The Differing Online Habits of Millennials by Koby Milton

When were you born?  If you were born in 1980 and on, you are either a Millennial, or generation Z.


This infographic called: Kids of the past vs internet generation is worth checking out.  It’s helpful to see the differences between 4 different generations.  Is it worse today?  Here are some things that stood out.

  1. 90% of millennials use the internet.  I am not surprised by this, but only 10 percent of millennials and above don’t use the internet.  This really is the new way of life.  I have seen students bullied for not being online.  If you want to see where students are today, they are online.  Millennials are the one to get their news online.  Last weekend, I was talking to a student about T.V.  We were at a cabin watching cable T.V, and he said, “who still watching cable t.v?, this is trash.”  Millennials are going to stream shows they want, or get it on netflix.
  2. Children are 6 time more likely to play a video game than ride a bike.  This is true.  I have been biking with my kids each week, and I never see people out.  If I was to log on to my console to play a video game, the majority of my students would be there.  One of the ways to reach students in my ministry context in the past has been to play online with them.  This has been a successful way to develop a relationship while doing something together.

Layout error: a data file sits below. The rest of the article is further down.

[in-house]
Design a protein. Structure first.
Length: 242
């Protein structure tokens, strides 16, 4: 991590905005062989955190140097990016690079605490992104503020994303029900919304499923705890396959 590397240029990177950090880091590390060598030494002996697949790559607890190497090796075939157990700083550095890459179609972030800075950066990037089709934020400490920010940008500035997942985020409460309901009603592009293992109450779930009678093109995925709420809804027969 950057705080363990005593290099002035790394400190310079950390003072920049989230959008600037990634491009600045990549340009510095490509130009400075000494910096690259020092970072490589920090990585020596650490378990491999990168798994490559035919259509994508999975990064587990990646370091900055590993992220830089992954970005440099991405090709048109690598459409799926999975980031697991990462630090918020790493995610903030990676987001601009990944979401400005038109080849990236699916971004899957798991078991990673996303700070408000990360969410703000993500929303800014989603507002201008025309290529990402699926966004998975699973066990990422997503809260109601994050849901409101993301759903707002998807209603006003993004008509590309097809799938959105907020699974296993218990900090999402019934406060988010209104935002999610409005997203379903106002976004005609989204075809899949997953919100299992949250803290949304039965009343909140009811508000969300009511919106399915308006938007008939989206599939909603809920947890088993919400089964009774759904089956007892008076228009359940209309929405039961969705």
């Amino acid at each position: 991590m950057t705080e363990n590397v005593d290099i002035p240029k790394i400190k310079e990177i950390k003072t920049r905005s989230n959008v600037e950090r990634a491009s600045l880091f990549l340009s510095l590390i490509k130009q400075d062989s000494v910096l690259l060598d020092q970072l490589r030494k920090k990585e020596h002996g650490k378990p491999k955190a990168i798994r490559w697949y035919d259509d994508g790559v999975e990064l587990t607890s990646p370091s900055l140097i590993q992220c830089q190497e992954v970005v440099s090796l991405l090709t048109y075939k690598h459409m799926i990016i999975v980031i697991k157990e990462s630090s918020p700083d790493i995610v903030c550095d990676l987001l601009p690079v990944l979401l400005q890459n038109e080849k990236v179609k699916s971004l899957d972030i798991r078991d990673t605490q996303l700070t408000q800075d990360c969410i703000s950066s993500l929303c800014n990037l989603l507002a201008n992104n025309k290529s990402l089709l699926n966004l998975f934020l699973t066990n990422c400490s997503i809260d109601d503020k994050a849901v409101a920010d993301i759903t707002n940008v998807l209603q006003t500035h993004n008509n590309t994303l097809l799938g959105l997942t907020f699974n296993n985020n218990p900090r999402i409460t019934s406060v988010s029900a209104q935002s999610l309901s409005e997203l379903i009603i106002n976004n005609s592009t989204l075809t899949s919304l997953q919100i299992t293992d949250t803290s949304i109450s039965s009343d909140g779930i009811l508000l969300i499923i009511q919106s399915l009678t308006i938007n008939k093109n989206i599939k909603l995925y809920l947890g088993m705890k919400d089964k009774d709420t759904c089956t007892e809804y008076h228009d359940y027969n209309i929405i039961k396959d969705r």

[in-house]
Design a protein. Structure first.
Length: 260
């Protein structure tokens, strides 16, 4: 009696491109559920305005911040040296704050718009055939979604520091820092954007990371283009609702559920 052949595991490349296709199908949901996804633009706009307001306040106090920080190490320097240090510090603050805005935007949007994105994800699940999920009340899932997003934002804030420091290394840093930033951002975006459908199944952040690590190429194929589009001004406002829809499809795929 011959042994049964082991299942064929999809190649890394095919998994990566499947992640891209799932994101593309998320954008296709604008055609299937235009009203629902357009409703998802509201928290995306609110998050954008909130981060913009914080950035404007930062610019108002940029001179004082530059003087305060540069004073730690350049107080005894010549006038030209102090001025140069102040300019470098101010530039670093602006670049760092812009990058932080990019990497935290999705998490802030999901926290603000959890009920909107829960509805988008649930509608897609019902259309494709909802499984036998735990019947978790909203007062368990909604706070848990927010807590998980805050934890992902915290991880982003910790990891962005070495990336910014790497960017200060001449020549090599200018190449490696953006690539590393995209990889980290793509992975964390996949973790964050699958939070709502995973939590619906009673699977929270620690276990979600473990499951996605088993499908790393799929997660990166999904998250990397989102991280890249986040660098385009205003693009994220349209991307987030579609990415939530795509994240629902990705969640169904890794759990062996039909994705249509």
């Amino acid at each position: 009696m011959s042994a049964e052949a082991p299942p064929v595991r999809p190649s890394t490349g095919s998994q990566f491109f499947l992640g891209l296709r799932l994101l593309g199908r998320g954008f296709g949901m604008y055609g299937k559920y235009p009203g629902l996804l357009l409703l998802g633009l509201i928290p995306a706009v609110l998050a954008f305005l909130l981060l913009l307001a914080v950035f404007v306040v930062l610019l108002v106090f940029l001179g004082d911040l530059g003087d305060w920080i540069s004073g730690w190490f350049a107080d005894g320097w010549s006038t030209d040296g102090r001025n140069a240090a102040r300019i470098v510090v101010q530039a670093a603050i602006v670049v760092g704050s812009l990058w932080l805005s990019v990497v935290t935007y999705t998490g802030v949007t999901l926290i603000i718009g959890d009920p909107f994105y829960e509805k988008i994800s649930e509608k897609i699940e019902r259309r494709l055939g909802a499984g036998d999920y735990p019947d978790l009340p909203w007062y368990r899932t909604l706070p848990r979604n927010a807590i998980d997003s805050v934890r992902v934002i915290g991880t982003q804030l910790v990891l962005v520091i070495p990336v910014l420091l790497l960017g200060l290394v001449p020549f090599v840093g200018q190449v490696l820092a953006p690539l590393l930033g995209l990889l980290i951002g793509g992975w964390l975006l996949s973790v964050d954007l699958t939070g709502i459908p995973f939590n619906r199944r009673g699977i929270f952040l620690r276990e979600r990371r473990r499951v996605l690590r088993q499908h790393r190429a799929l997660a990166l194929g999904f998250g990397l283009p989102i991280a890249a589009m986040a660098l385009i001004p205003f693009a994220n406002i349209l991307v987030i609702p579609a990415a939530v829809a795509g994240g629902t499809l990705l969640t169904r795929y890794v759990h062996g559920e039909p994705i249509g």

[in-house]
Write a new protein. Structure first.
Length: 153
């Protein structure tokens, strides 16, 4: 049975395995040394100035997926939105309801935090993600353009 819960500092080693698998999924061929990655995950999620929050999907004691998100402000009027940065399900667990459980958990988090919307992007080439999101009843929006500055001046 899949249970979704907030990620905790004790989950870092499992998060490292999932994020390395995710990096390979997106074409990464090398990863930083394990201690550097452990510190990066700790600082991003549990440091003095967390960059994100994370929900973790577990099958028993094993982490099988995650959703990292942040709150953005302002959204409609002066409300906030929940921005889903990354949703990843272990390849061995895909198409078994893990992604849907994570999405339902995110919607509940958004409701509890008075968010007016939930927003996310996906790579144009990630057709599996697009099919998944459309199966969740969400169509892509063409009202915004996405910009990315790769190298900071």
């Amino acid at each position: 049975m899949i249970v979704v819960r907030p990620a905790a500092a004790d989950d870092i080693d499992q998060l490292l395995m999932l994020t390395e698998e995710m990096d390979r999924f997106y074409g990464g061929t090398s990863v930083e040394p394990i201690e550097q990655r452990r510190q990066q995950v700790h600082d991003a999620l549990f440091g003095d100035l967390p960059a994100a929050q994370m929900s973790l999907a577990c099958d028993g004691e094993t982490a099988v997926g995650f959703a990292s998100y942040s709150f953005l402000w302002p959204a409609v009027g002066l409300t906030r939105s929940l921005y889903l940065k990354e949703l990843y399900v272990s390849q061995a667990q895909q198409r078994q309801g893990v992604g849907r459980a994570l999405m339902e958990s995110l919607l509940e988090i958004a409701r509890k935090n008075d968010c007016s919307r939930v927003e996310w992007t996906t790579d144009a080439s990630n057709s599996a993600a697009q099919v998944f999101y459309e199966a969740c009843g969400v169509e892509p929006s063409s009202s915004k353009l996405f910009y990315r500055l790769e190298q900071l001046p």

3. 54% of millennials have some college.  This is the most educated generation.  The majority of students are graduating and moving on to college.  One of the things my ministry has been thinking through is whats next for students who graduate out of the ministry.  What its he goal?  The goal for us is to have students attend one year at a Bible College.
  4. 22% of 17 year olds read each day for fun.  This one took awhile to decipher.  Students are reading less and less.  What does this mean for students and Bible reading?  Are they reading the Bible on their app?  If only 22% of students are reading for fun, and 26% voluntarily read a book if they read it previously, will it become increasing difficult for students to maintain a Bible reading plan?  Millennials are so focused on screen time, they are ditching reading.  I would love to know what the stats are on millennials reading the Bible through apps like you version.  I wonder if it’s better today or worse?